The sleeper of the freshman class is righty Nate Nabholz, who wasn’t a high-profile recruit but is turning himself into an arm of interest. He was one of ECU’s biggest bright spots against Virginia, working two scoreless innings. He went after hitters with a lively 87-90 fastball, a nice changeup at 80-82 with good bottom and a useful slurve in the high-70s.
“Listen, if you can write one thing about him, the kid shows up every day,” Godwin said. “It’s one of the most coachable guys, you don’t hear a word from him. And I told our guys right out there in the meeting that his success is not an accident. The guy shows up every day with a ton of intent what he’s trying to do. If Coach [Jason] Dietrich told him to throw left handed, he’d throw left handed because he trusts our pitching coach. And he threw an inning to make the travel squad — and he comes out here and throws two innings today with lights-out stuff. So I’m super proud of him.”
Offensively, the Pirates have to replace sluggers Bryant Packard and Spencer Brickhouse plus catcher Jake Washer, shortstop Turner Brown and second baseman Brady Lloyd, five mainstays over the last three years. So there will inevitably be less firepower in the lineup in 2020, and the new middle infield tandem needs to prove itself. Giles slides from third base to his natural shortstop, where his arm plays well and his actions are sound, though he’s replacing one of the premier defenders in college baseball. He’s a tough out at the plate by working counts and putting together several quality at-bats.
Fellow sophomore Connor Norby takes over at second base, and Godwin likes what he’s seen from him at that position. He’s also a breakout candidate at the plate with a patient approach and developing right-handed pop. He showed off his bat speed by ripping a 93 mph fastball off Virginia’s Christian Sanchez into the right-center gap for a three-run double against Virginia.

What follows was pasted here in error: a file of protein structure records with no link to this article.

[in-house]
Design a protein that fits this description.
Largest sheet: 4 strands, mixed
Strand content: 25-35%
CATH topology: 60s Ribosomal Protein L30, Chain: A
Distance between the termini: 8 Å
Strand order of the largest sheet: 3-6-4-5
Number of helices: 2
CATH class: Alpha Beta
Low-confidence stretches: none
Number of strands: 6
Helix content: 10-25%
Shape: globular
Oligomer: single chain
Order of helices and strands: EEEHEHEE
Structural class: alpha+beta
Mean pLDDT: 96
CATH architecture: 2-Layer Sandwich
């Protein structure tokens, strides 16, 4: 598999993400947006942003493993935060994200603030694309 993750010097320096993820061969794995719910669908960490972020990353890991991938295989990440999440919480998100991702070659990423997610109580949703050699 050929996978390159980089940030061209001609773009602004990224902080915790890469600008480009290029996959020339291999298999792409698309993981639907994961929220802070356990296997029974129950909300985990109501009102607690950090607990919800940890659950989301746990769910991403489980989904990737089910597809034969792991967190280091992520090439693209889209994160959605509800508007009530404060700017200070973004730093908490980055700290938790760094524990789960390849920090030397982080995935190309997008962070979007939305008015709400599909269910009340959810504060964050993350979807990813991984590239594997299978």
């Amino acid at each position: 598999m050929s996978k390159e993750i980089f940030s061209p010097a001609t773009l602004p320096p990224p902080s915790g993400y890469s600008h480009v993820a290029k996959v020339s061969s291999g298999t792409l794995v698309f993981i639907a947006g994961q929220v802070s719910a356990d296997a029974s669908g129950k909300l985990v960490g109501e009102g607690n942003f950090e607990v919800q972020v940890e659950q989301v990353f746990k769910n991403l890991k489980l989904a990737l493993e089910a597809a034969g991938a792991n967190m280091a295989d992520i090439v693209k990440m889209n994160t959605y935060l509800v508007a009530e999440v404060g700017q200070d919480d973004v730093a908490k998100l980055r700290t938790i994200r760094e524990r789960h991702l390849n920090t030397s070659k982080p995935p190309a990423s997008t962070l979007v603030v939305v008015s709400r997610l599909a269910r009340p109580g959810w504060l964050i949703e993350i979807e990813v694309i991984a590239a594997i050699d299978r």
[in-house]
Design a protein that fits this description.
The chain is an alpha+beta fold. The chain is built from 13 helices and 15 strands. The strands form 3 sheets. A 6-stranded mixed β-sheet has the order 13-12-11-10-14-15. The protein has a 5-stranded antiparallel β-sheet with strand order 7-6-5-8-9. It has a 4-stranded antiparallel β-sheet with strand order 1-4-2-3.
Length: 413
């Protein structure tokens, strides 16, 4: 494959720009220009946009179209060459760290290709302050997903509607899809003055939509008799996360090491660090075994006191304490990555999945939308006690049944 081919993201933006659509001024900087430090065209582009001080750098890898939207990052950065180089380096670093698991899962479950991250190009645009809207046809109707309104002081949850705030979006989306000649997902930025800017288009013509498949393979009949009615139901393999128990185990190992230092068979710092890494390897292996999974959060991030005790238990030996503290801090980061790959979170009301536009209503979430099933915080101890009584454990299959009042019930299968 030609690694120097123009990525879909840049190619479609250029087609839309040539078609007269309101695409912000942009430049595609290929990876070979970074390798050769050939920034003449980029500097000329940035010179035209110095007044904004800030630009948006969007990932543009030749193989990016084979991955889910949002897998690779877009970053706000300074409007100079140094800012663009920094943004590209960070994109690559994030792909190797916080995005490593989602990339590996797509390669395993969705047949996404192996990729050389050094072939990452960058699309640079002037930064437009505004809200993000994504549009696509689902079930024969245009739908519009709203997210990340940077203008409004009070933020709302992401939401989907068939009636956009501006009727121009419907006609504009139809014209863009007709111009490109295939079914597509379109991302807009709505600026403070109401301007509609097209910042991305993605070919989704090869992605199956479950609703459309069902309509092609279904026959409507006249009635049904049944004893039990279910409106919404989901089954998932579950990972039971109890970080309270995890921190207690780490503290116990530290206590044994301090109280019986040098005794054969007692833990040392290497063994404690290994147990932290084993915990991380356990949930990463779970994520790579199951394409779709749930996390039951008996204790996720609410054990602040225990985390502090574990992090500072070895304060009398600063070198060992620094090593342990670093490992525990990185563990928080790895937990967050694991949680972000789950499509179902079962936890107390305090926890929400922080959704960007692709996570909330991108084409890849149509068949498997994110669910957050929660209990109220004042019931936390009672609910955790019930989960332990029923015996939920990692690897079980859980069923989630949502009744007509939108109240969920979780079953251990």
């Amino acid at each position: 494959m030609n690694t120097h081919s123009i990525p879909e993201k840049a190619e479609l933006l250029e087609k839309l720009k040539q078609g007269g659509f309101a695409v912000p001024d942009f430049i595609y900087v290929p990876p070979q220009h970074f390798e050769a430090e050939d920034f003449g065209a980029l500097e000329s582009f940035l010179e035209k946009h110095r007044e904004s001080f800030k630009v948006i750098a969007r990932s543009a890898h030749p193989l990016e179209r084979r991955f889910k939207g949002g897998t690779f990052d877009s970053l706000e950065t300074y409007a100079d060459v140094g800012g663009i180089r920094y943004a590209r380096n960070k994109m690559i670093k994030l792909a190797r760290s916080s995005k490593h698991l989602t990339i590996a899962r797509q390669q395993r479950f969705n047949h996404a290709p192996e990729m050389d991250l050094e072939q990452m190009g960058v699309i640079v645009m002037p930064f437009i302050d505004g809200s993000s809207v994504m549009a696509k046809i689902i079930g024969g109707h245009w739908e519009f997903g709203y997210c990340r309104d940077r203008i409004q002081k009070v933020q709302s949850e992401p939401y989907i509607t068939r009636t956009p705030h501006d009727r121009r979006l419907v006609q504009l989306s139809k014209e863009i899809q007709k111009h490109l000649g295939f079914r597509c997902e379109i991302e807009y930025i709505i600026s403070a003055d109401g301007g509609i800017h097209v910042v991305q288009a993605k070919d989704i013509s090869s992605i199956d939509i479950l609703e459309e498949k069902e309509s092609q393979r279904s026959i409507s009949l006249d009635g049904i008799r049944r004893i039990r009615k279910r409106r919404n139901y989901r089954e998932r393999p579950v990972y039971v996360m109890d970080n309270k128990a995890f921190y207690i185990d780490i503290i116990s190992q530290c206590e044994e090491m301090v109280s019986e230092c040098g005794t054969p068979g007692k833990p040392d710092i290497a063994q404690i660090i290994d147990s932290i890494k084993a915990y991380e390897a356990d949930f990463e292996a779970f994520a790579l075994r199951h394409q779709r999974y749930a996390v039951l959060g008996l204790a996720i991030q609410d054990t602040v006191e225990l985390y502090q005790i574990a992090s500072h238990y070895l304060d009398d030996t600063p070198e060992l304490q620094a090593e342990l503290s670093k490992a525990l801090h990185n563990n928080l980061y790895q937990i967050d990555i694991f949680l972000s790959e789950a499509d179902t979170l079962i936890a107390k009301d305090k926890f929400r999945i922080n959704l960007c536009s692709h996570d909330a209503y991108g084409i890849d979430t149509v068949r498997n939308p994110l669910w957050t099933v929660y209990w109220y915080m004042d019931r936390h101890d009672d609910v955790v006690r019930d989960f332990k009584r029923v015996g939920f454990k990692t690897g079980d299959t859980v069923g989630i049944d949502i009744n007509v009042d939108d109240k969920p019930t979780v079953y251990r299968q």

“He’s night and day mentally better than he was last year,” Godwin said of Norby. “He’s always had the talent, but just being able to show up to practice every day, having a ton of intent and energy to what he’s doing. I’ve been really proud of the way he’s shown up every day. I thought he was a little antsy in the box early, but that was a big bases-clearing double he had there to tie the second game.”
Burleson (.370/.399/.573, 9 HR, 23 2B, 61 RBI) provides the proven star power in the middle of the lineup, as a gifted left-handed hitter with power and a knack for delivering big hits with men on base. He’s simply one of the best players in the country, an invaluable piece to build the roster around, both offensively and on the mound. He had three hits and a walk against Virginia, highlighted by a monstrous two-run homer to right-center on a 91 mph fastball from Griff McGarry.
East Carolina needs sophomore Thomas Francisco to tap into his big left-handed power potential this year too. Francisco hit .319/.451/.478 with four homers as a freshman, but he has the tool set to be a real force in the heart of the order, possibly stepping into the Brickhouse role. He played third base and looked good there against Virginia, and he also delivered a single up the middle and a double into the right-field corner.